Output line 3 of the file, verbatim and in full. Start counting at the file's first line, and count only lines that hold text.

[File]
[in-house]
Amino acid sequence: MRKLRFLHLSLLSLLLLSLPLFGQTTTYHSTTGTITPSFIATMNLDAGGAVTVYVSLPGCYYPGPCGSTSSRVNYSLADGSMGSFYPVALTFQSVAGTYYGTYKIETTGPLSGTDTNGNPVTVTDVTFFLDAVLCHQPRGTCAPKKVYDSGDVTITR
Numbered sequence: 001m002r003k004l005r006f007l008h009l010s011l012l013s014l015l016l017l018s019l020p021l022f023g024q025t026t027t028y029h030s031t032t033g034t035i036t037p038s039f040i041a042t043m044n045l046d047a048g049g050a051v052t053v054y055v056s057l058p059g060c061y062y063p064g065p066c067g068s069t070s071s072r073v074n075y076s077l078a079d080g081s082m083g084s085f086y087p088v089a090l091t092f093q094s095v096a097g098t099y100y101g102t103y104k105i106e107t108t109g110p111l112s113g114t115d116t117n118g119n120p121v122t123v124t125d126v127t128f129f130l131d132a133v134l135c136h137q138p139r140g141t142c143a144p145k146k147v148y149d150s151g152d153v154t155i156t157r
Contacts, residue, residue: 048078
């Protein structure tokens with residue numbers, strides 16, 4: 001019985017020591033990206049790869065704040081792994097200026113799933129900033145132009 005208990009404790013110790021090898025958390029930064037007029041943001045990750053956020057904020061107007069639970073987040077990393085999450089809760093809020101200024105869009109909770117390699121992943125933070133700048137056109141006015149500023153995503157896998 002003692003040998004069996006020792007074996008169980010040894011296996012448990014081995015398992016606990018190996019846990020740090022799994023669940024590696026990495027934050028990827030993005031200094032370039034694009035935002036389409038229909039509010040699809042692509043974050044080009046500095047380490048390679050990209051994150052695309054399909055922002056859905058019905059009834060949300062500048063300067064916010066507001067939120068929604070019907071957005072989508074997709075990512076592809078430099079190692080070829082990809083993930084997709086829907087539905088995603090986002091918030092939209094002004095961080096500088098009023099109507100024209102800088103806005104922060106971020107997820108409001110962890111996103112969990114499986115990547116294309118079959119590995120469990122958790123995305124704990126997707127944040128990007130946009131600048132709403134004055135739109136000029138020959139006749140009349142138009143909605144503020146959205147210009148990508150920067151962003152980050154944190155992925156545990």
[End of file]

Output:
Numbered sequence: 001m002r003k004l005r006f007l008h009l010s011l012l013s014l015l016l017l018s019l020p021l022f023g024q025t026t027t028y029h030s031t032t033g034t035i036t037p038s039f040i041a042t043m044n045l046d047a048g049g050a051v052t053v054y055v056s057l058p059g060c061y062y063p064g065p066c067g068s069t070s071s072r073v074n075y076s077l078a079d080g081s082m083g084s085f086y087p088v089a090l091t092f093q094s095v096a097g098t099y100y101g102t103y104k105i106e107t108t109g110p111l112s113g114t115d116t117n118g119n120p121v122t123v124t125d126v127t128f129f130l131d132a133v134l135c136h137q138p139r140g141t142c143a144p145k146k147v148y149d150s151g152d153v154t155i156t157r